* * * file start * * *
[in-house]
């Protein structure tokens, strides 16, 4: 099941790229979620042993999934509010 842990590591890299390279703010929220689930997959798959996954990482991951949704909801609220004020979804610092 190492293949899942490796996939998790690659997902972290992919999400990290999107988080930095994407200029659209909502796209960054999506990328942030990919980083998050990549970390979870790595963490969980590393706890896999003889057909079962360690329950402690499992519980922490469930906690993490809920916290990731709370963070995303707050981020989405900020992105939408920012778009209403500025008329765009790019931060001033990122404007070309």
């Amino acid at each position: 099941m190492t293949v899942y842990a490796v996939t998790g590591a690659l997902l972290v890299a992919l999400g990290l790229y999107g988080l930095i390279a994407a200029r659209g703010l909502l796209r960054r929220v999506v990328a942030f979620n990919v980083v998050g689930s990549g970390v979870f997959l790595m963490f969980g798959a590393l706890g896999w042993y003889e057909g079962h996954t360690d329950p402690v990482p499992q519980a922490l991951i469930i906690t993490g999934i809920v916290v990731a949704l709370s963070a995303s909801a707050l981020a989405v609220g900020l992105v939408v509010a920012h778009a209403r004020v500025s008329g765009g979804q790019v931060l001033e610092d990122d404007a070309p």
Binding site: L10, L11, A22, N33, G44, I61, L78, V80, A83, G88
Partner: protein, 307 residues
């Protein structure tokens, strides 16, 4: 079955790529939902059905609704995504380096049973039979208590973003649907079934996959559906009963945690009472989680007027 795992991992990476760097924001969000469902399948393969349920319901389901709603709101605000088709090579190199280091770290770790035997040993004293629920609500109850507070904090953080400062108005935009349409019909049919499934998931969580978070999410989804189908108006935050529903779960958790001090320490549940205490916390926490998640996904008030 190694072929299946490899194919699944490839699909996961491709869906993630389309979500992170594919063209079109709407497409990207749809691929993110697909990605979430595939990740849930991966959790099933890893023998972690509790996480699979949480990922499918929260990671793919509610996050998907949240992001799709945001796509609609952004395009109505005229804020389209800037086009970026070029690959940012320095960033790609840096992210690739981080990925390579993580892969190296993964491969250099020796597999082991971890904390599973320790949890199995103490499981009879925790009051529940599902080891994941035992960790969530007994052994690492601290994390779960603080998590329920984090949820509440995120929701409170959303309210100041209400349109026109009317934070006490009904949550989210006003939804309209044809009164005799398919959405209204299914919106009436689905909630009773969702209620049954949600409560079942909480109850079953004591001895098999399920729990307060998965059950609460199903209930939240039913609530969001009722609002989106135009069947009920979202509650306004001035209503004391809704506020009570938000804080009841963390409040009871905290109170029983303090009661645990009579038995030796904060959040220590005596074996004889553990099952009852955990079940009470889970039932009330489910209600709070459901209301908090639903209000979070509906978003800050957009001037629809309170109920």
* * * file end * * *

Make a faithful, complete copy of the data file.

[in-house]
């Protein structure tokens, strides 16, 4: 099941790229979620042993999934509010 842990590591890299390279703010929220689930997959798959996954990482991951949704909801609220004020979804610092 190492293949899942490796996939998790690659997902972290992919999400990290999107988080930095994407200029659209909502796209960054999506990328942030990919980083998050990549970390979870790595963490969980590393706890896999003889057909079962360690329950402690499992519980922490469930906690993490809920916290990731709370963070995303707050981020989405900020992105939408920012778009209403500025008329765009790019931060001033990122404007070309």
């Amino acid at each position: 099941m190492t293949v899942y842990a490796v996939t998790g590591a690659l997902l972290v890299a992919l999400g990290l790229y999107g988080l930095i390279a994407a200029r659209g703010l909502l796209r960054r929220v999506v990328a942030f979620n990919v980083v998050g689930s990549g970390v979870f997959l790595m963490f969980g798959a590393l706890g896999w042993y003889e057909g079962h996954t360690d329950p402690v990482p499992q519980a922490l991951i469930i906690t993490g999934i809920v916290v990731a949704l709370s963070a995303s909801a707050l981020a989405v609220g900020l992105v939408v509010a920012h778009a209403r004020v500025s008329g765009g979804q790019v931060l001033e610092d990122d404007a070309p």
Binding site: L10, L11, A22, N33, G44, I61, L78, V80, A83, G88
Partner: protein, 307 residues
């Protein structure tokens, strides 16, 4: 079955790529939902059905609704995504380096049973039979208590973003649907079934996959559906009963945690009472989680007027 795992991992990476760097924001969000469902399948393969349920319901389901709603709101605000088709090579190199280091770290770790035997040993004293629920609500109850507070904090953080400062108005935009349409019909049919499934998931969580978070999410989804189908108006935050529903779960958790001090320490549940205490916390926490998640996904008030 190694072929299946490899194919699944490839699909996961491709869906993630389309979500992170594919063209079109709407497409990207749809691929993110697909990605979430595939990740849930991966959790099933890893023998972690509790996480699979949480990922499918929260990671793919509610996050998907949240992001799709945001796509609609952004395009109505005229804020389209800037086009970026070029690959940012320095960033790609840096992210690739981080990925390579993580892969190296993964491969250099020796597999082991971890904390599973320790949890199995103490499981009879925790009051529940599902080891994941035992960790969530007994052994690492601290994390779960603080998590329920984090949820509440995120929701409170959303309210100041209400349109026109009317934070006490009904949550989210006003939804309209044809009164005799398919959405209204299914919106009436689905909630009773969702209620049954949600409560079942909480109850079953004591001895098999399920729990307060998965059950609460199903209930939240039913609530969001009722609002989106135009069947009920979202509650306004001035209503004391809704506020009570938000804080009841963390409040009871905290109170029983303090009661645990009579038995030796904060959040220590005596074996004889553990099952009852955990079940009470889970039932009330489910209600709070459901209301908090639903209000979070509906978003800050957009001037629809309170109920």